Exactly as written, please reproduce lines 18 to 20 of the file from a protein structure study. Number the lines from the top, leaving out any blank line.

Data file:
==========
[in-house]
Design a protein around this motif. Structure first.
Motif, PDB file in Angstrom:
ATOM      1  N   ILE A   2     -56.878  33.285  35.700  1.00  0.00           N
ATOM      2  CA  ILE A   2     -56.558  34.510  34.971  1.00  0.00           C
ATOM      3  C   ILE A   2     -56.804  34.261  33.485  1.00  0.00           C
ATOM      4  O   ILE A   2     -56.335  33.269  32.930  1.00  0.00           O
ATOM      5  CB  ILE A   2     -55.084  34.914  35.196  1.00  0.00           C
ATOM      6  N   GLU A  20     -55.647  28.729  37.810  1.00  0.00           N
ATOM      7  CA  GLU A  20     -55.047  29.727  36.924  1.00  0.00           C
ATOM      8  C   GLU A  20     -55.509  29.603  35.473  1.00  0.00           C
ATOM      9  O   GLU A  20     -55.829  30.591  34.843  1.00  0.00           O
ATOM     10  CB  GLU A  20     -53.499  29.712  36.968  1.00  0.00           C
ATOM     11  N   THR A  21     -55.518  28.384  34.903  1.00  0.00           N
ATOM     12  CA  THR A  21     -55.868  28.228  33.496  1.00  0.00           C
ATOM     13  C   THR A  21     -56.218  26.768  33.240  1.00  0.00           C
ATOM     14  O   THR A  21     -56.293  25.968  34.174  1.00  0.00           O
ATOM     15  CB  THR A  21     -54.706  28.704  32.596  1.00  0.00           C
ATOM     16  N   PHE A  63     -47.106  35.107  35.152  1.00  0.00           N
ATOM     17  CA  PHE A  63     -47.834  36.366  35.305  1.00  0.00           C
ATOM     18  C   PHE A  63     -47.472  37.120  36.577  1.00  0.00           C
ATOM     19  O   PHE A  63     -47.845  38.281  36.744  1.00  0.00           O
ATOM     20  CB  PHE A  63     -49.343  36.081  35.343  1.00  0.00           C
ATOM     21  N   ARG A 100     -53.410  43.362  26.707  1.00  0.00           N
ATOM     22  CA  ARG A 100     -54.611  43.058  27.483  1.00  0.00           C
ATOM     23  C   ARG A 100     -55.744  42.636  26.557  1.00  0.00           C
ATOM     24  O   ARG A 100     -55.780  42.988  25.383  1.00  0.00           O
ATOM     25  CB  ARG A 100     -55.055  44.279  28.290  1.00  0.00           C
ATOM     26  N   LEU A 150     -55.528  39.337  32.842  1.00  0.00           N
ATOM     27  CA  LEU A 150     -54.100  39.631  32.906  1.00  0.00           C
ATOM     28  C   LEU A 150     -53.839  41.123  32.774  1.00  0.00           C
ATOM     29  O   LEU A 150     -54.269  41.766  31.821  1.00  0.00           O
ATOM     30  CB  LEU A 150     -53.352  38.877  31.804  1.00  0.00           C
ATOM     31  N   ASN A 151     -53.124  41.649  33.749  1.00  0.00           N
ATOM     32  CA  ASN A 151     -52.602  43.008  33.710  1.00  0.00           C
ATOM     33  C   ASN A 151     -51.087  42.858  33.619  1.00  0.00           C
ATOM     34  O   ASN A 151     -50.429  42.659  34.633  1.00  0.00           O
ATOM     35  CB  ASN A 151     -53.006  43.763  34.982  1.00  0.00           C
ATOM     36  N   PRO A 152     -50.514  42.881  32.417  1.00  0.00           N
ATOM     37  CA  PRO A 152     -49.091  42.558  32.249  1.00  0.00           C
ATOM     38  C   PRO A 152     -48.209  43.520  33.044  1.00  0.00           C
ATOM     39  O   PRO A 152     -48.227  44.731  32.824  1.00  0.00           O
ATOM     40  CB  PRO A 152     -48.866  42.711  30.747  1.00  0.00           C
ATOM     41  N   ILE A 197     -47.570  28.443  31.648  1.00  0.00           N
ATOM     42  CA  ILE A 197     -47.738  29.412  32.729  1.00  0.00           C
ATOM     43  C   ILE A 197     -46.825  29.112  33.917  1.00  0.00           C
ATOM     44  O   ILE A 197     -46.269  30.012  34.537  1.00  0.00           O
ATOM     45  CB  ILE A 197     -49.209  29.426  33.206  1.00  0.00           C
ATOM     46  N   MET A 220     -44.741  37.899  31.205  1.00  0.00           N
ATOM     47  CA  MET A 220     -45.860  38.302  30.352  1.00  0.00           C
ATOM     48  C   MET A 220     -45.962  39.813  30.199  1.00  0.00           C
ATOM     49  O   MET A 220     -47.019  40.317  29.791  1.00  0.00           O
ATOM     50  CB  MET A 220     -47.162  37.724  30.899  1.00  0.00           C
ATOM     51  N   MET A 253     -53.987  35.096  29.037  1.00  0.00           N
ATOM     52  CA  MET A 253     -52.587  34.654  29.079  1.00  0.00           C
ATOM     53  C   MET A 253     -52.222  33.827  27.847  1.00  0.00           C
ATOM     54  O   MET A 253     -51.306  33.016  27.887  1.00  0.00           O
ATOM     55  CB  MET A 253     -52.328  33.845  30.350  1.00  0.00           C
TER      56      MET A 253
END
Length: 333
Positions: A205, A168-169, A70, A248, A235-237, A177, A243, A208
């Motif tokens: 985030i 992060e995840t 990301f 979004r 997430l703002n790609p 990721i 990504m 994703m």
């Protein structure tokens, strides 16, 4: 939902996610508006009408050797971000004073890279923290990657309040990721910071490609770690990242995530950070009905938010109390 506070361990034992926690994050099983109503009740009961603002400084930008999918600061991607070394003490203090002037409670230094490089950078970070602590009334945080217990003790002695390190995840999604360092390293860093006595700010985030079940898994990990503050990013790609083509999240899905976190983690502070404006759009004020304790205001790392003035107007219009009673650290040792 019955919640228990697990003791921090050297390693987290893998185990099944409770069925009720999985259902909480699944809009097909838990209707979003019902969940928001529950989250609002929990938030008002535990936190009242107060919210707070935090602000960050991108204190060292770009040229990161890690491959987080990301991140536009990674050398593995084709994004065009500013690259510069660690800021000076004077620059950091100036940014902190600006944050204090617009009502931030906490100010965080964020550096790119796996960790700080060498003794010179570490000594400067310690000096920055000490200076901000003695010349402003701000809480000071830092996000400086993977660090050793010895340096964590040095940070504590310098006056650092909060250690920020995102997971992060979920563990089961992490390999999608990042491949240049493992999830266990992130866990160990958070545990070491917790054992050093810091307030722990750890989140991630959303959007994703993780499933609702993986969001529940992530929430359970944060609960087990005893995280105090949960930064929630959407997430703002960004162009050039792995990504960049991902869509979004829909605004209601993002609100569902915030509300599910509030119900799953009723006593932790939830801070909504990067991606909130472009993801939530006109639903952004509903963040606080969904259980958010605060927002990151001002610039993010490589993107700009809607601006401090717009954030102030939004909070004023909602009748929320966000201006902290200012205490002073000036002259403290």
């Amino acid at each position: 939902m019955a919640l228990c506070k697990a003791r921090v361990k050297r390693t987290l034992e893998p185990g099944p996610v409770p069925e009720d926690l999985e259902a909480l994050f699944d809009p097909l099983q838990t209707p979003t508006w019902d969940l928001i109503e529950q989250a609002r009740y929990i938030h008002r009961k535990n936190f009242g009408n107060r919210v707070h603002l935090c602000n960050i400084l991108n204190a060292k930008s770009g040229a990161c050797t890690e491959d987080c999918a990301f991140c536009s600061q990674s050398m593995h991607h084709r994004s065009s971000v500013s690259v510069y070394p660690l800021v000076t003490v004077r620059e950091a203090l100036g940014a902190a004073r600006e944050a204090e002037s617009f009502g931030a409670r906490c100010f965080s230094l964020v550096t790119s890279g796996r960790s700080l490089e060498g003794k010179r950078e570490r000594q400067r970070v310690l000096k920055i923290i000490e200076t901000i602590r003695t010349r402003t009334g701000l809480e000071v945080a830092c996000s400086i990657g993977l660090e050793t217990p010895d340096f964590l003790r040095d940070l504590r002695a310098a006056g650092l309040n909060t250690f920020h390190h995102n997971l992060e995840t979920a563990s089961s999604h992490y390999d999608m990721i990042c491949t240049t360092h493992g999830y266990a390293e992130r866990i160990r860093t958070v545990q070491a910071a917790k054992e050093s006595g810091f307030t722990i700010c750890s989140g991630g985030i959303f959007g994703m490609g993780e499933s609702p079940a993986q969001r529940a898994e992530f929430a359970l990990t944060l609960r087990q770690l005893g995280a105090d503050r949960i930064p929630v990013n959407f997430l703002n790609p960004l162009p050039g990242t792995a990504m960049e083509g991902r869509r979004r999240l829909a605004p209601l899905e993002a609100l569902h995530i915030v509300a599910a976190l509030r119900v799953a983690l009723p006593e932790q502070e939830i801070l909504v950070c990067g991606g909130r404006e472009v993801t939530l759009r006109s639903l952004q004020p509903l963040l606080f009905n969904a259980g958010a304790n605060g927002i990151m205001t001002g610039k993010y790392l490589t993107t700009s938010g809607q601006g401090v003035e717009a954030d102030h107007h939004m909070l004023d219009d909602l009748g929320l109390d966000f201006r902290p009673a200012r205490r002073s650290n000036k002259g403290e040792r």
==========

ATOM     15  CB  THR A  21     -54.706  28.704  32.596  1.00  0.00           C
ATOM     16  N   PHE A  63     -47.106  35.107  35.152  1.00  0.00           N
ATOM     17  CA  PHE A  63     -47.834  36.366  35.305  1.00  0.00           C